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Thursday, October 28, 2010

We've got some bad news for you....

How would you feel if you were told that your loved one had a brain tumor? Nothing about that is good. What would you do? What would you say? What would you think?

My husband has had to deal with this. Twice. Really, it's something I wouldn't wish on anyone. But to have it twice is insane. This doesn't happen to people. Apparently it does.

The first time I was the patient. I went to the hospital with a bug bite and came home with a brain tumor. People hugged me - people I didn't know! Everyone said "Oh....I'm so sorry......how old are your kids?"

What do you think of? You think of all the things you haven't told anyone. For me that meant telling my husband where to find information. Where are the 401k accounts? Where is the safe deposit box key? I made lists. Here's everything you need to know in case I'm not around.

What do I tell my kids? Now and in the future? Now was easy - mommy has a "little something extra upstairs". We joke about it. We look at the MRI pictures. It's just there.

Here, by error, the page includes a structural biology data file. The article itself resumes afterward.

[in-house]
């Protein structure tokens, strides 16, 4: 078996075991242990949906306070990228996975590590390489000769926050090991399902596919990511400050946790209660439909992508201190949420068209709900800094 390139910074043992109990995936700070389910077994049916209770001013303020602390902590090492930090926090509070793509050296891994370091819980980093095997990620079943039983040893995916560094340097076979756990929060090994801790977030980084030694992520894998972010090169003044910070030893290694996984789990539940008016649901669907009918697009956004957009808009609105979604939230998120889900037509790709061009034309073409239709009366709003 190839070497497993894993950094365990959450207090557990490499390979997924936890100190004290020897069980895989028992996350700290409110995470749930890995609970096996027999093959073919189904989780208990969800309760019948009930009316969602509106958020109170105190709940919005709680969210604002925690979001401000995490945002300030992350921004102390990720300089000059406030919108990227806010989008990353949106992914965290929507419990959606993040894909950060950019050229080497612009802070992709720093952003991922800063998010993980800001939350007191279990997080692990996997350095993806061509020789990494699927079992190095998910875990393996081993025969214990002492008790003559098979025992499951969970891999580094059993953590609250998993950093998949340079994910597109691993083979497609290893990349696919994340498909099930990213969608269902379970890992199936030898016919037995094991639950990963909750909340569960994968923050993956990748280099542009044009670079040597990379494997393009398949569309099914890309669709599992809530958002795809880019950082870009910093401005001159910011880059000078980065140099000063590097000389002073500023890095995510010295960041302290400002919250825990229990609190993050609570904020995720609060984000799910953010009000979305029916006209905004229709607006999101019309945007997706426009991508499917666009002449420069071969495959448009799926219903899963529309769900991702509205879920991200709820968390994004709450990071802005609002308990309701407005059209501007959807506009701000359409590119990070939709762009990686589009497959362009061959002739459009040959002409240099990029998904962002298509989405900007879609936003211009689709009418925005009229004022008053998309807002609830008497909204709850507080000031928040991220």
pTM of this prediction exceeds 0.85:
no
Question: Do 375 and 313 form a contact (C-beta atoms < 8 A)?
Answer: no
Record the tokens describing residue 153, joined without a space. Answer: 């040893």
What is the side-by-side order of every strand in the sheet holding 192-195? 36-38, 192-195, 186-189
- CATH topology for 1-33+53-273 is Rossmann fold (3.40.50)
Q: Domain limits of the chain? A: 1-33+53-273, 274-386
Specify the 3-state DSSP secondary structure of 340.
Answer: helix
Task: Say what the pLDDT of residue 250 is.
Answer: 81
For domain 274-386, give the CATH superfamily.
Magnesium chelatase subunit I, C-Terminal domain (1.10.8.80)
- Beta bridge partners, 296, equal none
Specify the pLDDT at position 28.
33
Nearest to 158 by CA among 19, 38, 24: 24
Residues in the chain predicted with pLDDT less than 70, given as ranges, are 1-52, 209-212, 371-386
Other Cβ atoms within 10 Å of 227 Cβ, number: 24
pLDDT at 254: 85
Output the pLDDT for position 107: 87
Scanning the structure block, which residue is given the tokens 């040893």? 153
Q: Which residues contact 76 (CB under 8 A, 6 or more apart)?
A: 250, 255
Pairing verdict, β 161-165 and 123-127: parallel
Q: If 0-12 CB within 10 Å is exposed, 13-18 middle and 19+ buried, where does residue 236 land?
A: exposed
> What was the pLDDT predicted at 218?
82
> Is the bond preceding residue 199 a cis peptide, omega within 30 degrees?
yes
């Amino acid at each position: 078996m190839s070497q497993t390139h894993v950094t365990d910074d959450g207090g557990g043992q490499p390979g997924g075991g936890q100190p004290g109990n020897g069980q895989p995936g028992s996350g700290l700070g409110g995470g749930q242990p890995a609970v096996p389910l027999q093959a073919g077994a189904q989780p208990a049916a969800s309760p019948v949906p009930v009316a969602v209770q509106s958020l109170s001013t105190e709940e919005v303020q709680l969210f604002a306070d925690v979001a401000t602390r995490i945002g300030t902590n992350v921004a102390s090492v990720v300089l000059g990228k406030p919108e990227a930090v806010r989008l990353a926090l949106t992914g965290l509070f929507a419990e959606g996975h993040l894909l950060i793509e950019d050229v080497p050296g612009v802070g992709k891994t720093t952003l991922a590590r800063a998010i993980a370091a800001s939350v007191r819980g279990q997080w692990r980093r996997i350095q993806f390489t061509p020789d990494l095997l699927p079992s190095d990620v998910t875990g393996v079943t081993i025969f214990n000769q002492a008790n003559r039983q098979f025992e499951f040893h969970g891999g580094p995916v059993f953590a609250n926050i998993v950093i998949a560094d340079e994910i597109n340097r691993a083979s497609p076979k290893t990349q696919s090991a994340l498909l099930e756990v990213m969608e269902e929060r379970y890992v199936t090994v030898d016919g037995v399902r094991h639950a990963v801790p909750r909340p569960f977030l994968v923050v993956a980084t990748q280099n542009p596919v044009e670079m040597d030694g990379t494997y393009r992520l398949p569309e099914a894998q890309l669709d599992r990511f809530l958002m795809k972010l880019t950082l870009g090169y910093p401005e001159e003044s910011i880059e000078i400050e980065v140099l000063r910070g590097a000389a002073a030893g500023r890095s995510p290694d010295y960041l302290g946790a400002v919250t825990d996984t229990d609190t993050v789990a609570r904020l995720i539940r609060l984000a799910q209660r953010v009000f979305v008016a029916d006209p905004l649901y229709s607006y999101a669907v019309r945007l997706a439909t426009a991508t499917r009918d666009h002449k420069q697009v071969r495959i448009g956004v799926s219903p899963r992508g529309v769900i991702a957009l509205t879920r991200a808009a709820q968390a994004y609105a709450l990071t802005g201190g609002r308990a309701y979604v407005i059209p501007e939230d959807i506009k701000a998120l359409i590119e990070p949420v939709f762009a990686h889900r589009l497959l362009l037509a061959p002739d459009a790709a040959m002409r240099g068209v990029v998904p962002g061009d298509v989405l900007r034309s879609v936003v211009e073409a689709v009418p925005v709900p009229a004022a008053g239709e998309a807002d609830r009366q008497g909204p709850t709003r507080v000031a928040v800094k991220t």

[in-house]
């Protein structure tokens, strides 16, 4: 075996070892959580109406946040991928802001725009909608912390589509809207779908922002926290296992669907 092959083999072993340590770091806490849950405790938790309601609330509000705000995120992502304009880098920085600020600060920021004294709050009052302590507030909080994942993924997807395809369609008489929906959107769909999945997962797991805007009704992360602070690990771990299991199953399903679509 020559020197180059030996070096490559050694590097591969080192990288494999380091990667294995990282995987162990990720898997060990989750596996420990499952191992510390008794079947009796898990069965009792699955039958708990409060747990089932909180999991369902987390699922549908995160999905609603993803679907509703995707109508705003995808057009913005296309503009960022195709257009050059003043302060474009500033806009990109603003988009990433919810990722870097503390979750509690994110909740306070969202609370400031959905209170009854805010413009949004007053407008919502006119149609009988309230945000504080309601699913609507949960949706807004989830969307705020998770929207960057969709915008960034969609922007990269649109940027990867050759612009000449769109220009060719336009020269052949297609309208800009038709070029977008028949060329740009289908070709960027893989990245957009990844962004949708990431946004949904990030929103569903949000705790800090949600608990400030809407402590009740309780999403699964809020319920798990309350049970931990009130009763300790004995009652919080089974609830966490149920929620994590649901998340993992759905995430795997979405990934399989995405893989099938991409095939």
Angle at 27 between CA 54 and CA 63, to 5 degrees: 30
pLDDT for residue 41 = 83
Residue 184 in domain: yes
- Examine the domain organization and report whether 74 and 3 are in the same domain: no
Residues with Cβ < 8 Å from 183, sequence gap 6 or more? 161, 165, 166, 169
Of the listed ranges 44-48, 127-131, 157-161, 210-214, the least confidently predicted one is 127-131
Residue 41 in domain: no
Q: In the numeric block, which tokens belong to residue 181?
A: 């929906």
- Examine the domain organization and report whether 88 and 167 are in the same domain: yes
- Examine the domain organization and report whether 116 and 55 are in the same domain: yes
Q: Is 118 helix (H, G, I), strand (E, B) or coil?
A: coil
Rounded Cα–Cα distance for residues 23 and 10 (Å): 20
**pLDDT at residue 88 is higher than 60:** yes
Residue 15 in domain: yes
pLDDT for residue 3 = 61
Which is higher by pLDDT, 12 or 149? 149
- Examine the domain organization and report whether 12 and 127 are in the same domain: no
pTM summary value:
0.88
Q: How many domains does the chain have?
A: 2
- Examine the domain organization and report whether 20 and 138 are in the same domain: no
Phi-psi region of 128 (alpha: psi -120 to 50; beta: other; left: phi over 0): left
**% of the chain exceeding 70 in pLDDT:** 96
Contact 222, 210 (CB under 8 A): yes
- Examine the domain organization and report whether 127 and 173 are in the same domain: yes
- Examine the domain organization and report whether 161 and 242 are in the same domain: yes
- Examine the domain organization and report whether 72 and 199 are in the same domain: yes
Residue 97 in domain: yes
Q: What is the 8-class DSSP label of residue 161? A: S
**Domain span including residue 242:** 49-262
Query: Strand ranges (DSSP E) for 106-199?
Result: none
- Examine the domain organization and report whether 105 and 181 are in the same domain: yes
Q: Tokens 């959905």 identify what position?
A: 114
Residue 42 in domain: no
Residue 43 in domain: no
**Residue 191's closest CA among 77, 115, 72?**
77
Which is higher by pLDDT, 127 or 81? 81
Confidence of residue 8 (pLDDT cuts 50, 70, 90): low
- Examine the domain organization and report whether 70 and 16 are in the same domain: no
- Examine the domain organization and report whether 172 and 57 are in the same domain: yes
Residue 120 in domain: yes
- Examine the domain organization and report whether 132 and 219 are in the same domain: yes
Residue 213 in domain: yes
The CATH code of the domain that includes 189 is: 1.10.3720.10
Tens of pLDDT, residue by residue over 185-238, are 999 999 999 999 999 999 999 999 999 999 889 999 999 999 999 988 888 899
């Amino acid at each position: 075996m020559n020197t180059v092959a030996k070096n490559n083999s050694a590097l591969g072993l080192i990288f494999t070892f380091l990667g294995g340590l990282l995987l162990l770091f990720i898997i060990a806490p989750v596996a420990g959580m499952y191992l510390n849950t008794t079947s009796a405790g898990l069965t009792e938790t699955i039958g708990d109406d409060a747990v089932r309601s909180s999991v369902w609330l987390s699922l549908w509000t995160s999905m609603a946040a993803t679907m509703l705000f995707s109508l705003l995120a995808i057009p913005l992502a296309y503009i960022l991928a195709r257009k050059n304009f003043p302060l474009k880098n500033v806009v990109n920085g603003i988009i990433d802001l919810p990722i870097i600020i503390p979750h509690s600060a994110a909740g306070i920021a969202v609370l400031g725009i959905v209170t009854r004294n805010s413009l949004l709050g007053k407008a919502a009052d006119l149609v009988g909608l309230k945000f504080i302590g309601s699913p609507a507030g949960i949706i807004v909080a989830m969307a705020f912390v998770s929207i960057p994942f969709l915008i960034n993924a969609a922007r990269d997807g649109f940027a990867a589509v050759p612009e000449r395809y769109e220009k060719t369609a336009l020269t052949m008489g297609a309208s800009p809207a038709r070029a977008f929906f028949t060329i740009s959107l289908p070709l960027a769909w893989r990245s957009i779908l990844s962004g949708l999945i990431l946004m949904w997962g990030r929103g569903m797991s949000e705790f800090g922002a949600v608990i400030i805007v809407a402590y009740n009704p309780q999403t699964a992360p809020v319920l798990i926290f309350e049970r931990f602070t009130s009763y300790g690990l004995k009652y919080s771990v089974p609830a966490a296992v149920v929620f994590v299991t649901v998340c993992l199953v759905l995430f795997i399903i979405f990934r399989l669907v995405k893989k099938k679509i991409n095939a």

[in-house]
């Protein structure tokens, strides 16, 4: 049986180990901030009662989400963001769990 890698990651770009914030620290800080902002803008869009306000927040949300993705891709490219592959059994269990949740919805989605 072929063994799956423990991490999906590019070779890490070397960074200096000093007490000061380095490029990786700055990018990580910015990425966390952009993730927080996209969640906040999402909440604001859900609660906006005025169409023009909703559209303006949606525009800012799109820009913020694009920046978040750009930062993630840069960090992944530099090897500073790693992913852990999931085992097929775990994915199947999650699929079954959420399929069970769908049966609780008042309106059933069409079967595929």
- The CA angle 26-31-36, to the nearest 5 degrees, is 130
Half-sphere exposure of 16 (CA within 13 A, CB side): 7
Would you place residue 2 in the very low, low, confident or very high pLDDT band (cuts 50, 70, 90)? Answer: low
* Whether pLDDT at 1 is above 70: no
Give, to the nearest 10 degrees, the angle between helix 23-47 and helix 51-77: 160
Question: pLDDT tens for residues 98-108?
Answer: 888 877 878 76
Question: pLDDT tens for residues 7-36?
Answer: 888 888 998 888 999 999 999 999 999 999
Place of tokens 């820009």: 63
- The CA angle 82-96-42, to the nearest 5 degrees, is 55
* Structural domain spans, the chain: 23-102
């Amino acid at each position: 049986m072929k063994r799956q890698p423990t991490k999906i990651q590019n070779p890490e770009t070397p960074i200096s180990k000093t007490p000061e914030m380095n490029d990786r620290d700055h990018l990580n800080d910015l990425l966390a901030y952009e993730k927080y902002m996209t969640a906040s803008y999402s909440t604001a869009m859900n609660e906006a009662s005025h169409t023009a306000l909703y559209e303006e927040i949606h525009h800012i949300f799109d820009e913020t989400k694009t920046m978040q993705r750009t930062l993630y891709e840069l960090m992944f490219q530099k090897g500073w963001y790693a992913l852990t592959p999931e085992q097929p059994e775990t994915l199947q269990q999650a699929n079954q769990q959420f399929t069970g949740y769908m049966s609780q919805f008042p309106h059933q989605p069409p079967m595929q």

But how do I tell my kids about things like getting their periods, what to do (and not do!) with boyfriends, how much I love them? How will I make sure they never forget me?

Lucky for me, the diagnosis wasn't a sure thing. A new doctor came in the picture and had doubts. Doubts are good. Doubts saved my life.

We thought that would never happen to us again - at least not that way. We were wrong.

Mike's mom is sick. After several trips in and out of hospitals, a problem is discovered: there's a spot on her brain. Really, who has to hear that twice in their life? Several days and many tests and tears later, we get good news that sounds like anything but good news. The doctor called to explain it's not brain cancer. It's breast cancer in her skull. I'm supposed to be happy about that? Yes, said the doctor. Breast cancer - in many locations - can be treated with greater success than brain cancer. Um, okay. I'll trust that.

I will say Mike has been the pillar of strength once again. He shines in the face of sadness and emergency. Radiation and other drugs that I don't understand have saved my mother in law. Luck and prayers saved me. I hope Mike makes it through the remainder of his life never having to hear those words again. I hope no one I know ever has to hear it. Those words suck.

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